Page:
Band: Little King

CD Title: “Legacy of Fools”

Band Website: www.littlekingmusic.com

Label: Unicorn Digital

Label Website: www.unicorndigital.com

Release Date: 2008

 

Back for their second release on Unicorn Digital, their fourth overall including their two independent CD’s is El Paso TexasLittle King with a new concept CD entitled Legacy of Fools. This time around band leader and high school English teacher Ryan Rosoff has crafted a set of songs that deal with, in his words, “All that we have inherited and what we are willfully leaving behind.” Musically Legacy of Fools not only pick’s up where they left off with the previous Virus Devine but ad’s substantially to the band’s musical approach and repertoire.

 

The one thing about being together for 11 years means that change will undoubtedly come into play and that proves to be true with Little King. Fronted by Rosoff (vocals, guitars) the group now consists of Michael Esparza (bass) and Eddy Garcia (drums). Adding to this line-up are Ruben Gutierrez (keyboards), Lyris Soto (violin) as well as Heather Oglesby and Betsy Tinajero (backing vocals).

 

Legacy of Fools to my ears delivers a much fuller and more varied musical pallet, no doubt enhanced by the additional players and certainly by the keyboards which appear on seven of the nine tracks. The CD starts of with the track “Prodigal Son” and comes across with a real 60’s sound both in the guitars and the vocal harmonies. It’s kind of a cross between early Who and the Kinks. It’s guitar oriented, upbeat with those familiar harmonies. The compositions are song based, with an emphasis on melodies. It isn’t until we get to track 3 “Collateral Damage” where the tunes start to reflect a little more Art-Rock influence. By that I mean we have the guitars up-front, keyboards providing a subtle backdrop or atmosphere and the rhythm section moving the song in some creative directions. The added keyboards are certainly a welcome touch, but this remains music that is mostly guitar based. The two instrumentals allow for the band to rock, while the other compositions provide ample room for Rosoff to perform equally adeptly on electric and acoustic guitar. By track seven “Legacy” the compositions seem to get more complex with some interesting changes in time, tempo and mood affecting the sound.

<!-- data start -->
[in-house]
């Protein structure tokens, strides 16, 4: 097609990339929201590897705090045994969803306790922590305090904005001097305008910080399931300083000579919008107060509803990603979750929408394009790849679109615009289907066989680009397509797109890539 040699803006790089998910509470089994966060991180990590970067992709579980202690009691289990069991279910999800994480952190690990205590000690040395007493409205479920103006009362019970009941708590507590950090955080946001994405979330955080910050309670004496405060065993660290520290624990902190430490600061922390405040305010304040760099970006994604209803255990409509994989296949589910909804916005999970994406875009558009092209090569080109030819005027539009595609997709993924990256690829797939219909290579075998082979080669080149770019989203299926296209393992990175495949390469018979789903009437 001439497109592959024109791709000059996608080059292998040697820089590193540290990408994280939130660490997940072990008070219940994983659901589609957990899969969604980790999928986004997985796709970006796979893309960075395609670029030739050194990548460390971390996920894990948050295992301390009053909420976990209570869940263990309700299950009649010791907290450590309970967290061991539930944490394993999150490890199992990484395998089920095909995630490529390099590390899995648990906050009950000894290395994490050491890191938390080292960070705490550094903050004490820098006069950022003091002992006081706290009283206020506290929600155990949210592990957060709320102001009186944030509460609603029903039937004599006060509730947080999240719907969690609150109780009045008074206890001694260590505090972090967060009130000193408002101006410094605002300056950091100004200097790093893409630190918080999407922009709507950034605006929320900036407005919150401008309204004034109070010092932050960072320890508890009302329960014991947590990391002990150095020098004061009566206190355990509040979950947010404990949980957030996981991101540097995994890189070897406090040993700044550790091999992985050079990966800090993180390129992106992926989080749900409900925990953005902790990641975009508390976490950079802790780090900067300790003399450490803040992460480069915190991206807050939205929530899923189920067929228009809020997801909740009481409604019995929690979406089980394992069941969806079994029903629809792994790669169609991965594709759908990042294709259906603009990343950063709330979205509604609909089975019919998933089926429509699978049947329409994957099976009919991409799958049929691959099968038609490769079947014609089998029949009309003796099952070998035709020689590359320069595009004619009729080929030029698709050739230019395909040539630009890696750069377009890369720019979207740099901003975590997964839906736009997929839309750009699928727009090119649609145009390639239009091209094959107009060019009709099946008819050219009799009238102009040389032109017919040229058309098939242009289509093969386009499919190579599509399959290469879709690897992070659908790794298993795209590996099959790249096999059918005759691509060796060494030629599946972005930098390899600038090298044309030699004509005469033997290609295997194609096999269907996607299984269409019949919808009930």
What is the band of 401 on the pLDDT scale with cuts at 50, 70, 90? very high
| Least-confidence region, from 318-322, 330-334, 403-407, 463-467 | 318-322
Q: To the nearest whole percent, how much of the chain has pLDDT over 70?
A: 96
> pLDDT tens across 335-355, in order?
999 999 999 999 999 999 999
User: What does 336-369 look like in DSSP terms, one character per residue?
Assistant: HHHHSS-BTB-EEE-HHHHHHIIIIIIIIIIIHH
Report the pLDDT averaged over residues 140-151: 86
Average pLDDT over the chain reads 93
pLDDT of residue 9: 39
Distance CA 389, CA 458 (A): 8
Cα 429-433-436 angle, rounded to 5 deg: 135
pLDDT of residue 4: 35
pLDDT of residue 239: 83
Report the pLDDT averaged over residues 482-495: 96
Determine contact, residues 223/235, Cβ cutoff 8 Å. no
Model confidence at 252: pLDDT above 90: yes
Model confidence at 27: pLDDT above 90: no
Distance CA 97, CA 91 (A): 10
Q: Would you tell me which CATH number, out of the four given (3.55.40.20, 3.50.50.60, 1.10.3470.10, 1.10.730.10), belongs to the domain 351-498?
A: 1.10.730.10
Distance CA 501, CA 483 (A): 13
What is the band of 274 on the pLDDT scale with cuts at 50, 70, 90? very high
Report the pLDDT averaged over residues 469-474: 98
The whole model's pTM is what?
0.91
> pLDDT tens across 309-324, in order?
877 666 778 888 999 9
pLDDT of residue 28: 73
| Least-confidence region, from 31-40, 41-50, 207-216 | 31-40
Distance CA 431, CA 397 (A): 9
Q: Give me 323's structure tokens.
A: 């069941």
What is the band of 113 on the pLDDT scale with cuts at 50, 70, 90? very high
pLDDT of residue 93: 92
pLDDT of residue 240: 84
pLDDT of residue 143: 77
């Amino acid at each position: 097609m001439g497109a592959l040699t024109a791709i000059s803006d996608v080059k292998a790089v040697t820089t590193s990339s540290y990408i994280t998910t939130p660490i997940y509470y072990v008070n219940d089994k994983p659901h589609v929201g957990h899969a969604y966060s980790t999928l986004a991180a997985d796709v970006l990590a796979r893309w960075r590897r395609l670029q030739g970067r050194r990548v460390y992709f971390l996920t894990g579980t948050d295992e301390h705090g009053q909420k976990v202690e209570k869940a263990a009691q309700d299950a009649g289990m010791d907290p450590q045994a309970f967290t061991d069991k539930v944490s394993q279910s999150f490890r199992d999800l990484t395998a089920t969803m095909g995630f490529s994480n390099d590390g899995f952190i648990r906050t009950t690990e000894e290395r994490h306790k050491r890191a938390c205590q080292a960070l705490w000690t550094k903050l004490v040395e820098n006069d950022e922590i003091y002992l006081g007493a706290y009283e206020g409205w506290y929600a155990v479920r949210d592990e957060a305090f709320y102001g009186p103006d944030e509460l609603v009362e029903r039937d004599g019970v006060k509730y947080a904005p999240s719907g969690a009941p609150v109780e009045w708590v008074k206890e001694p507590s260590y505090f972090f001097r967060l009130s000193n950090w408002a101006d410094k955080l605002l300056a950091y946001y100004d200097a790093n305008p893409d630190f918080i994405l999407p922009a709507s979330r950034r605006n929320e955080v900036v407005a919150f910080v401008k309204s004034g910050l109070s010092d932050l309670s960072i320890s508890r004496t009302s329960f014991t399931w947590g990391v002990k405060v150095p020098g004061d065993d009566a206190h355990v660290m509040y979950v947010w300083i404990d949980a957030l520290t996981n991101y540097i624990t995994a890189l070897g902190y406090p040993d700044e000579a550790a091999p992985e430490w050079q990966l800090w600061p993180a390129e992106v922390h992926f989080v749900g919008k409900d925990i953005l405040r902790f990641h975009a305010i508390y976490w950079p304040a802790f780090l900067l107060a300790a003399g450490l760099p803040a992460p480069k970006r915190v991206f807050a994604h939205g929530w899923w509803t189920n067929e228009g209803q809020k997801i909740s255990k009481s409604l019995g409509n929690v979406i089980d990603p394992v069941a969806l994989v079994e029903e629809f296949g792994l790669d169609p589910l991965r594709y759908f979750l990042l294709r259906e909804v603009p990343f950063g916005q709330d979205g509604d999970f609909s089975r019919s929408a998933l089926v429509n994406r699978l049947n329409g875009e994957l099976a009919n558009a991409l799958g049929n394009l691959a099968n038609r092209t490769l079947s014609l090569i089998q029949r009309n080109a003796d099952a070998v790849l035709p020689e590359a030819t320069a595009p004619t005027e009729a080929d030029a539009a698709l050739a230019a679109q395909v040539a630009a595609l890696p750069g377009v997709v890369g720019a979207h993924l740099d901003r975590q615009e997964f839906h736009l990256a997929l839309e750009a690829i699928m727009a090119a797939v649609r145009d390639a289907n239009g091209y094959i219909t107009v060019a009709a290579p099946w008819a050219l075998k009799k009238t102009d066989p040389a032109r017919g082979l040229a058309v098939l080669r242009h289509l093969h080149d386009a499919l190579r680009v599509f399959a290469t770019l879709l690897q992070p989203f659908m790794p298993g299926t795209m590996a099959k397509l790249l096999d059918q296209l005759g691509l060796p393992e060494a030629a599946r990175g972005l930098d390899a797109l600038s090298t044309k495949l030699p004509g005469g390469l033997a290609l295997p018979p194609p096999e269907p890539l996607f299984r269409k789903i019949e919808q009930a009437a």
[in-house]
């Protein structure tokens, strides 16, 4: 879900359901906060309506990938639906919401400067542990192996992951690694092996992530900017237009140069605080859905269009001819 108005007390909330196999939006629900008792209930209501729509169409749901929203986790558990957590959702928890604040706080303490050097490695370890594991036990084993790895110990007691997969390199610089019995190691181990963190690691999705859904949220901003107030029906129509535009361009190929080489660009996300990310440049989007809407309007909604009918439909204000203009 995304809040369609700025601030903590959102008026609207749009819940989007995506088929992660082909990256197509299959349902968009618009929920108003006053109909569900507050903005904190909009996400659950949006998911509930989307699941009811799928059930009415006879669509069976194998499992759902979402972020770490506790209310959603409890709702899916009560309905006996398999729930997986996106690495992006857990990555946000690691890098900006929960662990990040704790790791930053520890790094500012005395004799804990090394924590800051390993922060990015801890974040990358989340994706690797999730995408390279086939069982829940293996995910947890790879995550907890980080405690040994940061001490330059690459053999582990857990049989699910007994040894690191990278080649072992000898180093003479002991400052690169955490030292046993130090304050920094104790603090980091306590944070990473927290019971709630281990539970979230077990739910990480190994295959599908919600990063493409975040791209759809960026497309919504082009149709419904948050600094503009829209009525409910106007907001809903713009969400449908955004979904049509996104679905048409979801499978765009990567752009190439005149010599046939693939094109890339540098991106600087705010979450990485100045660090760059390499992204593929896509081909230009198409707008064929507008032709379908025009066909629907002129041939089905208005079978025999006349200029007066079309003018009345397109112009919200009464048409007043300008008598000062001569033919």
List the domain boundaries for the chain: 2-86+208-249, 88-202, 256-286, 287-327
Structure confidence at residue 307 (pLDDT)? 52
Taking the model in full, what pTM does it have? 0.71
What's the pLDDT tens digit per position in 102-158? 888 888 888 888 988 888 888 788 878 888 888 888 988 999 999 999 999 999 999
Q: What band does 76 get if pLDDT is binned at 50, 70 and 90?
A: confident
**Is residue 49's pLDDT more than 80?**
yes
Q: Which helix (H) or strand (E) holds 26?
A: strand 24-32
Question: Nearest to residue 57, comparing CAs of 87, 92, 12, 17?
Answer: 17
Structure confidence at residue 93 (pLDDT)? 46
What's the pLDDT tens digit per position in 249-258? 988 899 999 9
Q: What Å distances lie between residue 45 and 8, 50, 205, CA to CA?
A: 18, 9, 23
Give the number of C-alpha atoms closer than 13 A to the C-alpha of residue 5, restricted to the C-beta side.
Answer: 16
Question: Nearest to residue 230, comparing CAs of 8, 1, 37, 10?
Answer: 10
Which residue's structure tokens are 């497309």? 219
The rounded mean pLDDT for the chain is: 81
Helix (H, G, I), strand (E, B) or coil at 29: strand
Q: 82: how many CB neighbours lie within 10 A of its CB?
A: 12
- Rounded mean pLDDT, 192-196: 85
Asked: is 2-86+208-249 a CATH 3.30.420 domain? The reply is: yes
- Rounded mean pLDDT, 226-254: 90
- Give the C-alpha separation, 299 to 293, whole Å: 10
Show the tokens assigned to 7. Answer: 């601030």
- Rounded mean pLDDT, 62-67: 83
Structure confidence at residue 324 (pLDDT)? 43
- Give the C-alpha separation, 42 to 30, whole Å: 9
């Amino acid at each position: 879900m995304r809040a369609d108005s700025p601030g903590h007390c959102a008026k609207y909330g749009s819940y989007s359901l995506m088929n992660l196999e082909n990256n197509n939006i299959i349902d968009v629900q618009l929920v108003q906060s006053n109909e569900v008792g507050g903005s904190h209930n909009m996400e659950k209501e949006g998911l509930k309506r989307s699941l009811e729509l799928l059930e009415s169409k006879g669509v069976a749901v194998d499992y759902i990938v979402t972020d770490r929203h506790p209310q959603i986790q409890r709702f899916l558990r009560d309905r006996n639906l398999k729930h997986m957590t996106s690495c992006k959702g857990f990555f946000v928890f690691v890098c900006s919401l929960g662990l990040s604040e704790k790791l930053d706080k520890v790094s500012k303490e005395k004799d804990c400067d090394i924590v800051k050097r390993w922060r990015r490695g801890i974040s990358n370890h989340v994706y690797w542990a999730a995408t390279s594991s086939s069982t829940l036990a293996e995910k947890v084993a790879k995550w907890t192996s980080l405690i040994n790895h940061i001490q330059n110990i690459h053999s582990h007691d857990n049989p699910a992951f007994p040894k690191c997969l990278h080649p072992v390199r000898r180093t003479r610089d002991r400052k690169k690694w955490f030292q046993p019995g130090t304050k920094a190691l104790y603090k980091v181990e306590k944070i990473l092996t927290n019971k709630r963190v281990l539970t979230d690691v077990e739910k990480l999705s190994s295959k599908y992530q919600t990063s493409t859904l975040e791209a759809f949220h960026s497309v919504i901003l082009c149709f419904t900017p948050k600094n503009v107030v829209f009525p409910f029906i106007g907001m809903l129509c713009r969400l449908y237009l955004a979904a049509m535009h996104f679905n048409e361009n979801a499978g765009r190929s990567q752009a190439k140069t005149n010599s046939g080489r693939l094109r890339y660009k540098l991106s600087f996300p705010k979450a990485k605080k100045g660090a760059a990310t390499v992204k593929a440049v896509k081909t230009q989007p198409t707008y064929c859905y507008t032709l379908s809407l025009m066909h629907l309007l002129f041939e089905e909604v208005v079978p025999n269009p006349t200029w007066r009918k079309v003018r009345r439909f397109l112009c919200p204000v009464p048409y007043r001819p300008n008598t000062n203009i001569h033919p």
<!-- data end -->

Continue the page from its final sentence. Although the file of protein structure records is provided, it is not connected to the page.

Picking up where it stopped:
As with their previous release, some in the prog community may question, does this work fall into the progressive rock category and as before I’d say the answer to that depends on how liberal your definition of prog is. I’d be more inclined to categorize the music of Little King as Art Rock with a sixties, almost psychedelic influence. At the same time Legacy of Fools is quite a progressive leap over their previous CD and will easily appeal to fans of bands like Jadis or Tiles. All-in-all it’s another fascinating listening experience both musically and lyrically and one that definitely grows on you with repeated listenings.  

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